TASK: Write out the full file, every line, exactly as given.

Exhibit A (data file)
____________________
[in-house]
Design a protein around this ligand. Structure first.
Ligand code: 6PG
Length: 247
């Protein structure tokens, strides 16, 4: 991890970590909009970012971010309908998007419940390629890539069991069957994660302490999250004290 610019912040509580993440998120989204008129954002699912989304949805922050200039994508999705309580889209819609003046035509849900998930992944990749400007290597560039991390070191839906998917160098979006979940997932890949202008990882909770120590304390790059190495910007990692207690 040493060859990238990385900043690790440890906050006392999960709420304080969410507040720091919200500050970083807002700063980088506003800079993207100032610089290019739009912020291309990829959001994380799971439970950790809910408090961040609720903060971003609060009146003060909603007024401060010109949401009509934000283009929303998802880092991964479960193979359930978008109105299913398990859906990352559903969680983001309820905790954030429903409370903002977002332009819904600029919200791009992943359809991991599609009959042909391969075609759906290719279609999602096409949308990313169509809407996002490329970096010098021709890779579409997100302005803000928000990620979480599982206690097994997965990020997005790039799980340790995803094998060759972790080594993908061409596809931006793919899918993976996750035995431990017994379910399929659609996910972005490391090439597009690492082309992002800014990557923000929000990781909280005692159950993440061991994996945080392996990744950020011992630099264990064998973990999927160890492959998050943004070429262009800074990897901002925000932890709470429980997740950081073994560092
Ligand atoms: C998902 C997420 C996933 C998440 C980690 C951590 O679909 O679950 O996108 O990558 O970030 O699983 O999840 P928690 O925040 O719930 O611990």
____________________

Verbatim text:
[in-house]
Design a protein around this ligand. Structure first.
Ligand code: 6PG
Length: 247
């Protein structure tokens, strides 16, 4: 991890970590909009970012971010309908998007419940390629890539069991069957994660302490999250004290 610019912040509580993440998120989204008129954002699912989304949805922050200039994508999705309580889209819609003046035509849900998930992944990749400007290597560039991390070191839906998917160098979006979940997932890949202008990882909770120590304390790059190495910007990692207690 040493060859990238990385900043690790440890906050006392999960709420304080969410507040720091919200500050970083807002700063980088506003800079993207100032610089290019739009912020291309990829959001994380799971439970950790809910408090961040609720903060971003609060009146003060909603007024401060010109949401009509934000283009929303998802880092991964479960193979359930978008109105299913398990859906990352559903969680983001309820905790954030429903409370903002977002332009819904600029919200791009992943359809991991599609009959042909391969075609759906290719279609999602096409949308990313169509809407996002490329970096010098021709890779579409997100302005803000928000990620979480599982206690097994997965990020997005790039799980340790995803094998060759972790080594993908061409596809931006793919899918993976996750035995431990017994379910399929659609996910972005490391090439597009690492082309992002800014990557923000929000990781909280005692159950993440061991994996945080392996990744950020011992630099264990064998973990999927160890492959998050943004070429262009800074990897901002925000932890709470429980997740950081073994560092
Ligand atoms: C998902 C997420 C996933 C998440 C980690 C951590 O679909 O679950 O996108 O990558 O970030 O699983 O999840 P928690 O925040 O719930 O611990």